The findings of a new report from federal health officials suggests that many more people suffer hearing loss than previously believed, including many adults under the age of 30, and noise-related hearing loss that was not job-related.
In the latest edition of the U.S. Centers for Disease Control and Prevention (CDC) Vital Signs report, researchers indicate that one in four adults who said they have good or excellent hearing, in fact, have hearing damage.
Researchers from the CDC, National Institute on Deafness and other Communication Disorders, and the National Institutes of Health conducted a survey of adults. More than 3,500 hearing tests were conducted on adults in 2012 as part of the National Health and Nutrition Examination Survey.
Overall, 1 in 5 adults ages 20 to 29 experienced hearing loss, and 1 in 4 adults ages 50 to 59 also had hearing loss. Noise related hearing loss was also more common among men.
More than half of the adults with noise-induced hearing damage reported the loud noise exposure did not occur on the job. Many of the adults affected by hearing loss sustained the damage from loud sounds encountered at home during everyday activities or within the community.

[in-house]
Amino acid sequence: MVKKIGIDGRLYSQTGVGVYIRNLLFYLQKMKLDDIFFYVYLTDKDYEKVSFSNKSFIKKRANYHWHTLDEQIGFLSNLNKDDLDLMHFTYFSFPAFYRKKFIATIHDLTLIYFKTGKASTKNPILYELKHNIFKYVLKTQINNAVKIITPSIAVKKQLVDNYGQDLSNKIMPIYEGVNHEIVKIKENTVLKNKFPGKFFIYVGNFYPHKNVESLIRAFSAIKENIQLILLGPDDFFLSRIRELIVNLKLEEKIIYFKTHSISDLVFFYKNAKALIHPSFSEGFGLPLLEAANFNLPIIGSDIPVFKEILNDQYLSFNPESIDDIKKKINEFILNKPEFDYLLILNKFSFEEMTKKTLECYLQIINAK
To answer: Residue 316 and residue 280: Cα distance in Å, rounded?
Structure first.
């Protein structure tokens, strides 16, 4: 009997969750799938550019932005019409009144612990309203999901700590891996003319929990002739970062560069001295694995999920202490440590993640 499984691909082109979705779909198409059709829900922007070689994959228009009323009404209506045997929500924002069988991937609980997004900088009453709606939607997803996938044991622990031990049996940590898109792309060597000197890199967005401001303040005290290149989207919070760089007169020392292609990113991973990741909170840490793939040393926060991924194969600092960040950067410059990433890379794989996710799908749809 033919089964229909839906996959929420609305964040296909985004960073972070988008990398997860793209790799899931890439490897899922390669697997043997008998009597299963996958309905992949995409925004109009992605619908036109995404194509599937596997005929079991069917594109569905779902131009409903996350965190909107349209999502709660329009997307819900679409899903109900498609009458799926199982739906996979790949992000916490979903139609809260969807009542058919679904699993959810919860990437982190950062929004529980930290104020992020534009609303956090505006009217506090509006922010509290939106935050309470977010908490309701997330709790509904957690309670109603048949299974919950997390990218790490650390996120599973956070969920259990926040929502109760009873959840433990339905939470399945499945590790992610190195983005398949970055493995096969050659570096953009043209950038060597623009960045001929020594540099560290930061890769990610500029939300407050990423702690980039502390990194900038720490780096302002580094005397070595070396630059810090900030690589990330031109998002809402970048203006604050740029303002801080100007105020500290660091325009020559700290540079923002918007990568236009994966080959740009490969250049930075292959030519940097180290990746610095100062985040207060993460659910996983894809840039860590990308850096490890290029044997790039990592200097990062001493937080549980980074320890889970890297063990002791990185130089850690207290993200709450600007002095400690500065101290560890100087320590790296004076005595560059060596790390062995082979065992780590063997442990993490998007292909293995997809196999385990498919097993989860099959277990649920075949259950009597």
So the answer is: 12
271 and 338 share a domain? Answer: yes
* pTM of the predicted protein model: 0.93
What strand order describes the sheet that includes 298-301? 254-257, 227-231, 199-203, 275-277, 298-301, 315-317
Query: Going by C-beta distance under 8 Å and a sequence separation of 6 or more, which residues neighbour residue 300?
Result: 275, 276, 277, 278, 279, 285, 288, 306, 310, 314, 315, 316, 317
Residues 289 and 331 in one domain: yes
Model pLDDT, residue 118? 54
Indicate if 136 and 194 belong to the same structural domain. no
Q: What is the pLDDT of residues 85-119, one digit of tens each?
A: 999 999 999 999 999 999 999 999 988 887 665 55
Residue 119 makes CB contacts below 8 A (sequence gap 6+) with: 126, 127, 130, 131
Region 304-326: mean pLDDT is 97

More than 20% of adults who reported noise exposure that was not job-related had hearing damage in a pattern usually caused by loud noise. Researchers indicated the damage showed a distinctive drop in the ability to hear high-pitched sounds and it appeared as early as age 20.
The study suggests that about 25% of adults who claim to have good or excellent hearing, actually are suffering from hearing damage.
The CDC warned that unless your hearing is tested, it’s hard to know if it’s damaged.
“40 million Americans show some hearing damage from loud noise, with nearly 21 million reporting no exposure to loud noise at work,” CDC Acting Director Dr. Anne Schuchat said in a press release. “This can be distressing for people affected and their loved ones. We hope this report will help raise awareness of this problem and help clinicians reduce their patients’ risk for early hearing loss.”
Researchers warn too much noise at home or in other places, like noise from leaf blowers or loud music, can damage hearing just as much as noise from the work place, like that from heavy machinery.
Research from recent studies indicate young people are exposed to loud sounds in many ways beyond loud concerts, like that from portable devices and car stereos, exposing them to more opportunities for diminished hearing.
Hearing loss is the third most commonly reported chronic health condition in the U.S. Untreated hearing loss is commonly linked to anxiety, depression, loneliness, and stress. The cost of hearing loss treatment for the first year in adults is estimated to reach $51 billion by 2030.
The CDC warns adults who are concerned about hearing loss should avoid noisy places and situations, use earplugs, protective ear muffs or noise-canceling headphones, and remember to keep the volume down when watching television, listening to music and using headphones. Adults can also ask their doctor for a hearing checkup.